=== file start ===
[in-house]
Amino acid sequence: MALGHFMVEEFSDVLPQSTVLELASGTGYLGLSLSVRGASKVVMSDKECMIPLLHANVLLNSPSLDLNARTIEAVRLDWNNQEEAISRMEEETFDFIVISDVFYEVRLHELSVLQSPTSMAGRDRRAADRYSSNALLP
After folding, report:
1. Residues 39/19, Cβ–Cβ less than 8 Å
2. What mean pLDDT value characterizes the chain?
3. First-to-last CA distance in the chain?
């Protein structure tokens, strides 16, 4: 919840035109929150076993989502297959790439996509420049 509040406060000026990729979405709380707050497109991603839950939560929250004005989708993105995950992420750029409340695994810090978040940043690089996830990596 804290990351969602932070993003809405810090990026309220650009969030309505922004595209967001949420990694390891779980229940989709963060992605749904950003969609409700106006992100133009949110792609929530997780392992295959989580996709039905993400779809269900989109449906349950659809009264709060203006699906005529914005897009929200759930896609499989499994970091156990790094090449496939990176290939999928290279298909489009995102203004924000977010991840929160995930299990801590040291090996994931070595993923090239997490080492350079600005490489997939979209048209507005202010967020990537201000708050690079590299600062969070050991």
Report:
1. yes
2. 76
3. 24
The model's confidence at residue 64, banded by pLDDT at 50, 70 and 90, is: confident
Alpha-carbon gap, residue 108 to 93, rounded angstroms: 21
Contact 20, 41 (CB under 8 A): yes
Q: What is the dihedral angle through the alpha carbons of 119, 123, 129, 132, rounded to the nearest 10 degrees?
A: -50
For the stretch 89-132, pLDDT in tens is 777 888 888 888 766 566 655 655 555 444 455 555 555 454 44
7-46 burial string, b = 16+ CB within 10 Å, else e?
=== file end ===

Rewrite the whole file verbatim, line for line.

[in-house]
Amino acid sequence: MALGHFMVEEFSDVLPQSTVLELASGTGYLGLSLSVRGASKVVMSDKECMIPLLHANVLLNSPSLDLNARTIEAVRLDWNNQEEAISRMEEETFDFIVISDVFYEVRLHELSVLQSPTSMAGRDRRAADRYSSNALLP
After folding, report:
1. Residues 39/19, Cβ–Cβ less than 8 Å
2. What mean pLDDT value characterizes the chain?
3. First-to-last CA distance in the chain?
């Protein structure tokens, strides 16, 4: 919840035109929150076993989502297959790439996509420049 509040406060000026990729979405709380707050497109991603839950939560929250004005989708993105995950992420750029409340695994810090978040940043690089996830990596 804290990351969602932070993003809405810090990026309220650009969030309505922004595209967001949420990694390891779980229940989709963060992605749904950003969609409700106006992100133009949110792609929530997780392992295959989580996709039905993400779809269900989109449906349950659809009264709060203006699906005529914005897009929200759930896609499989499994970091156990790094090449496939990176290939999928290279298909489009995102203004924000977010991840929160995930299990801590040291090996994931070595993923090239997490080492350079600005490489997939979209048209507005202010967020990537201000708050690079590299600062969070050991």
Report:
1. yes
2. 76
3. 24
The model's confidence at residue 64, banded by pLDDT at 50, 70 and 90, is: confident
Alpha-carbon gap, residue 108 to 93, rounded angstroms: 21
Contact 20, 41 (CB under 8 A): yes
Q: What is the dihedral angle through the alpha carbons of 119, 123, 129, 132, rounded to the nearest 10 degrees?
A: -50
For the stretch 89-132, pLDDT in tens is 777 888 888 888 766 566 655 655 555 444 455 555 555 454 44
7-46 burial string, b = 16+ CB within 10 Å, else e?